Stocks have snapped two straight days of gains on Wednesday, with the rally grinding to a halt on the start of a strike by mining, transport and metal workers and renewed concern over the violence in Syria.
Africa's top bullion producer AngloGold Ashanti was the biggest blue-chip loser, shedding 3.91% to R135.20 as bullion's spot price fell almost 2%. Rival Gold Fields lost 0.66%.
But there were bright spots in the sector with Harmony Gold rising over 3% as investors found value in the shares, which have lost about 57% in the year to date – the biggest fall among South Africa's major bullion producers.
The strike by tens of thousands of gold miners that launched on Tuesday night was seen as eroding investor confidence in Africa's largest economy, which was hit by credit ratings downgrades in the past year, triggered in part by simmering labour unrest.
"The gold strikes are not at all good for sentiment. This is all you see in the international news about South Africa at the moment," said Abri du Plessis, chief investment officer at Gryphon Asset Management.
"But on a day like [Wednesday], we are much more driven by international sentiment. Syria is the main story and this is why our big stocks are getting smashed," he said.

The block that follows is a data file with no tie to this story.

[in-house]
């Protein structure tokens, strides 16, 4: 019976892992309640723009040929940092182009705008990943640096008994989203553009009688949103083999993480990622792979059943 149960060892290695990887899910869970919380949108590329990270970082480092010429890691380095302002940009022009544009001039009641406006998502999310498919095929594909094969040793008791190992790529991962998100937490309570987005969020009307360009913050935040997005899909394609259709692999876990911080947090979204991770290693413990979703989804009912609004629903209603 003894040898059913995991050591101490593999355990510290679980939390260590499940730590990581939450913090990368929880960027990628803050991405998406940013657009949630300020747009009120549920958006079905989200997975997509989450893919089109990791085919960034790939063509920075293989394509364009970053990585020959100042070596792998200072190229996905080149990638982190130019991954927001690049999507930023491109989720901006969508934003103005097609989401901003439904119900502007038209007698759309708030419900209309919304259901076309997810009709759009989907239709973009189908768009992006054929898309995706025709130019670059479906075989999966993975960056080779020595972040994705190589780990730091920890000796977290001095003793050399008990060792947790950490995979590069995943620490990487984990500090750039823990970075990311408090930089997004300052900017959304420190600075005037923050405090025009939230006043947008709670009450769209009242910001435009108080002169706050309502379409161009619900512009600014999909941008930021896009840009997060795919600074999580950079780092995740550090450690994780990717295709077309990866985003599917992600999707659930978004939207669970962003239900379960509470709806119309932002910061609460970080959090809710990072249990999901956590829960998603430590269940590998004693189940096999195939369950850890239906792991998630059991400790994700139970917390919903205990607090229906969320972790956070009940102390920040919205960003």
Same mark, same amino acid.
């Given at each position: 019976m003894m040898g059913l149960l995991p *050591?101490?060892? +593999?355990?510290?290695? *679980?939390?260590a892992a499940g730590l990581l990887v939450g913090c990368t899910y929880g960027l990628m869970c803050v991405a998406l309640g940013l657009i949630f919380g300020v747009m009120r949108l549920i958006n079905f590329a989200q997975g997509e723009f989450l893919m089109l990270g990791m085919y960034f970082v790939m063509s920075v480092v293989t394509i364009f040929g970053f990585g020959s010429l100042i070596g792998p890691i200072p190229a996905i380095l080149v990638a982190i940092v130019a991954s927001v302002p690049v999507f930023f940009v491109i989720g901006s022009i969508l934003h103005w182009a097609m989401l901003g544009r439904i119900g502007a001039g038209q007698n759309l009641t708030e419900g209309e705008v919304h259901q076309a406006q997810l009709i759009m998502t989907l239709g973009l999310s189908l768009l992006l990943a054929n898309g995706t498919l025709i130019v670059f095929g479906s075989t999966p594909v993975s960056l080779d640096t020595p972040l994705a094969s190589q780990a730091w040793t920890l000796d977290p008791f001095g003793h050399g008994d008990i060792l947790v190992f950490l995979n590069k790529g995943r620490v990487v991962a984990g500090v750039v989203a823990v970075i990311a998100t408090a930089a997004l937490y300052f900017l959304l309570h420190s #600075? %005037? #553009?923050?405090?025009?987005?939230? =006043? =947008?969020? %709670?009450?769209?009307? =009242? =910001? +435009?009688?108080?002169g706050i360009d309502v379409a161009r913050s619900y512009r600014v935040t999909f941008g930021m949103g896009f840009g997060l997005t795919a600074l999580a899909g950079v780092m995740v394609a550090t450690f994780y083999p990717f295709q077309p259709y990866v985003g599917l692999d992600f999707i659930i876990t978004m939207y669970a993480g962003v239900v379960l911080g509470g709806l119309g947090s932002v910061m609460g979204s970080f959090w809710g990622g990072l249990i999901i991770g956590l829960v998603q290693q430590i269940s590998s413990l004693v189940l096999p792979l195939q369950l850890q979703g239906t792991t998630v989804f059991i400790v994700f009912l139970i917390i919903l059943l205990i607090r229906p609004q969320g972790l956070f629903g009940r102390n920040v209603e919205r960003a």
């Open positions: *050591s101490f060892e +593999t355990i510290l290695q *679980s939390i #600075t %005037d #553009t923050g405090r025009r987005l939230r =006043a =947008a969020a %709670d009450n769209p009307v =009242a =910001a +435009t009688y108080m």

Global shares faltered as military strikes on Syria moved a step closer after Russia's President Vladimir Putin signalled a readiness to drop his opposition if Damascus were proven to have carried out a chemical weapons attack.
South Africa's bourse, which scaled record peaks last month, has been mirroring global markets in recent weeks.
Domestic fundamentals are hardly rosy, with the gold stoppage inflicting more damage on an economy already beset by strikes in other sectors.
Trade was relatively subdued, with 143.5-million shares changing hands, according to preliminary bourse data. Decliners outnumbered advancers 195 to 95 with 52 shares unchanged. – Reuters